In DLA Piper’s latest case report, the Employment Appeal Tribunal (EAT) held that, when an employment tribunal is considering whether or not to award costs, the insurance cover of the party seeking the costs order is irrelevant.
Mardner v Gardner and others EAT/0483/13
The claimant, Mr Mardner, was employed as a director of Essex Racial Equality Council. The respondents, Mr Gardner, Mr Alley and Ms Press, were volunteer members of the management committee of the charity. The charity was not incorporated and so the respondents were personally liable for all of the liabilities of the charity, including any issues arising from Mr Mardner’s employment.
During the latter part of 2009, the charity began to run out of money. By 22 December 2009, its working capital had reduced to such extent that the trustees could no longer pay Mr Mardner’s salary and his employment was summarily terminated.
XpertHR resources: Employment tribunals and costs
In response, Mr Mardner brought unfair dismissal proceedings in the employment tribunal. The trustees had not taken steps to have the charity incorporated, despite admitting being aware of the need to do so in 2007. The individual trustees found themselves jointly and severally liable for any potential award that Mr Mardner might receive.
Employment tribunal claim
In an attempt to defend the employment tribunal claim, the trustees maintained an argument that the charity had in fact been converted into a company limited by guarantee. They argued that, as the claim was raised against them as individuals, it had not been raised against the relevant party to the claim and therefore could not succeed.
Eventually, in November 2012, Mr Mardner’s employment tribunal claim was settled by way of a consent order. The employment judge ruled that the respondents’ defence was misconceived and to rely on it was unreasonable.
As a result, Mr Mardner presented an application for costs against the respondents. It is open for an employment tribunal to award costs where a party has acted vexatiously, abusively, disruptively, or otherwise unreasonably in bringing or conducting proceedings, or a part of them. An employment tribunal has a wide discretion as to whether or not to award costs.
In coming to the decision not to award any costs against the respondents, the employment judge exercised her discretion and concluded that it was not appropriate to do so. She noted that:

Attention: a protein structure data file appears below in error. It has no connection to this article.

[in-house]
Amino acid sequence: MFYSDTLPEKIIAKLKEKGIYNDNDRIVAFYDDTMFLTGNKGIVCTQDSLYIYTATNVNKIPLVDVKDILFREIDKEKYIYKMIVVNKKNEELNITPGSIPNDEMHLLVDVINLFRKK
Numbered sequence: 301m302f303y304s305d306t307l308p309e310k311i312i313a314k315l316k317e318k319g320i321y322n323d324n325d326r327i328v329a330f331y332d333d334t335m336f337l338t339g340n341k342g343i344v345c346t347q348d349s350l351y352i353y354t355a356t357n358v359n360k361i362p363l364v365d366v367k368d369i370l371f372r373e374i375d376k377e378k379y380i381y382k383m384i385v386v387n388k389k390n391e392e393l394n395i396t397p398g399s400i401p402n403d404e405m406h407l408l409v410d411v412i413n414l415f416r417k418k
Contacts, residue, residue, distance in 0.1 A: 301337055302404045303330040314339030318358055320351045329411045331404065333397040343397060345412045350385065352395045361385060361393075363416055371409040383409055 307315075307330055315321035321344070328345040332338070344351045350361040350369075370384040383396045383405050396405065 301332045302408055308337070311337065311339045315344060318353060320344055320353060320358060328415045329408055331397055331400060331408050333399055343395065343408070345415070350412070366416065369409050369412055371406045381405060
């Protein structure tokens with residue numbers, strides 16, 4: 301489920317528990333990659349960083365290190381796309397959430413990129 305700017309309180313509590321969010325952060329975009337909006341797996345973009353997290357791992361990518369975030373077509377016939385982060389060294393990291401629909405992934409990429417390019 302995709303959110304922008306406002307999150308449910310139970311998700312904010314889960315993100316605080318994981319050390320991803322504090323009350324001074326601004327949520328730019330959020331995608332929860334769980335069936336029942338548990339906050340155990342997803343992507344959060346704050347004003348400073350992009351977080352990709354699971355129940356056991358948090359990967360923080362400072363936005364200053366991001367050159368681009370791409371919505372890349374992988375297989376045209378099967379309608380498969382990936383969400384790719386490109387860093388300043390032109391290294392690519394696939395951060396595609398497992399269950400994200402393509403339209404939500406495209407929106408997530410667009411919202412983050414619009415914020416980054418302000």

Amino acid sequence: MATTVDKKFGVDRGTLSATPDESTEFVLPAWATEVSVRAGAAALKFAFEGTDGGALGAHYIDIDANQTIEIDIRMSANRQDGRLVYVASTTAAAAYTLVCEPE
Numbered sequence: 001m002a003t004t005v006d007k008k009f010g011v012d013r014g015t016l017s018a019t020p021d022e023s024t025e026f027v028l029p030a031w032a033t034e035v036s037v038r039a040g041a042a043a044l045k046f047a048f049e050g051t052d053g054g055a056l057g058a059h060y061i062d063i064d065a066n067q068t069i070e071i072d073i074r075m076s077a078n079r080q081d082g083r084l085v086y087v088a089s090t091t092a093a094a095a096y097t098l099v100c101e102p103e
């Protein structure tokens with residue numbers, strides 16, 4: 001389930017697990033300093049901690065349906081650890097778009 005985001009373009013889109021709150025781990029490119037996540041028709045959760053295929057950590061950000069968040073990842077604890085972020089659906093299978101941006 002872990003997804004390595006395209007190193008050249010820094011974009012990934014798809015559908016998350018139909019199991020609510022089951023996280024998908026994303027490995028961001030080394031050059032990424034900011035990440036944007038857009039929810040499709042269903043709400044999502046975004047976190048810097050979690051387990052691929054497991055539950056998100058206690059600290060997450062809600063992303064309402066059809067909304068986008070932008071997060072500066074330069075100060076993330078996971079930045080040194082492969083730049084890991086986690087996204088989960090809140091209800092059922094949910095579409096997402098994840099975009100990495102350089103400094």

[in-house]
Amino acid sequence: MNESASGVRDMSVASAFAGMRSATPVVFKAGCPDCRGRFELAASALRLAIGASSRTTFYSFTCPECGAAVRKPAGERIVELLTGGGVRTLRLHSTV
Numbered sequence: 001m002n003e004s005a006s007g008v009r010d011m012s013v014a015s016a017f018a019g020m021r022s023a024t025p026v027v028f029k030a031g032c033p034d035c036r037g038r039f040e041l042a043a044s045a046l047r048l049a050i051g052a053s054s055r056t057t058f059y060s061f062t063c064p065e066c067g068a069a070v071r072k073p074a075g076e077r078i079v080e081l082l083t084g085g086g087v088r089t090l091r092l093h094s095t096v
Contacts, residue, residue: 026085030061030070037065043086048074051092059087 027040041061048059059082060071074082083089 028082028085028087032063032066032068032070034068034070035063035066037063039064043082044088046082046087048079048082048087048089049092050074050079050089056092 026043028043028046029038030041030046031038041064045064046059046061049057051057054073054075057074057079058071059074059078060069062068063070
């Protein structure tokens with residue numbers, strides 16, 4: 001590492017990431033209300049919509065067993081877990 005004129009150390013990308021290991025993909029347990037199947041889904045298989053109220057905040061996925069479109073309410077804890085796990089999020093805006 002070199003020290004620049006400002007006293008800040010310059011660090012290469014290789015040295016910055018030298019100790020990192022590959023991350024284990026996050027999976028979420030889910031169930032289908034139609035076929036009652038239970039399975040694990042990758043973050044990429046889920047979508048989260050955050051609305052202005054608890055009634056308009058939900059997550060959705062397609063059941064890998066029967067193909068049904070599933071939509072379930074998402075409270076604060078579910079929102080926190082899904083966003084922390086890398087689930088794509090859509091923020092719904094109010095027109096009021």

- the respondents were volunteers and trustees of a charity and were already personally liable for Mr Mardner’s successful unfair dismissal claim; and
- Mr Mardner was funded by an insurer and so was not personally out of pocket.
Mr Mardner appealed to the EAT.
The EAT decided that the employment judge had used her discretion inappropriately in respect of her reasons for not making a costs award.
The EAT concentrated on the emphasis the judge had placed on the fact that the claimant was insured and was not personally out of pocket as a result of bringing his claim.
The EAT ruled that a party’s insurance is irrelevant when considering costs. It is a well-established principle that it is contrary to fairness and justice for a wrongdoer to benefit from an insurance policy that an innocent party has paid for. It was also considered that the EAT rules allow a costs award even when the receiving party is not personally out of pocket.
There was no criticism from the EAT in respect of the employment judge’s consideration that the respondents were personally liable for the costs, as the charity was not incorporated. The EAT concluded that the employment judge was not suggesting in general terms that costs should never be awarded against individual trustees, but simply that costs should not be awarded in these particular circumstances. It was open for the employment judge to apply her wide discretion to the facts and circumstances of this particular case.
The case was remitted back to the employment tribunal to allow the judge to consider the appropriateness of making an award in the light of the EAT decision.
Implications for employers
Subject to a complete change of heart by the employment judge, it is likely that the decision not to award costs will still be applied. This case provides further authority that it is not appropriate for a respondent to rely on a claimant’s insurance policy, or the fact that the claimant is not personally out of pocket, when defending applications for costs.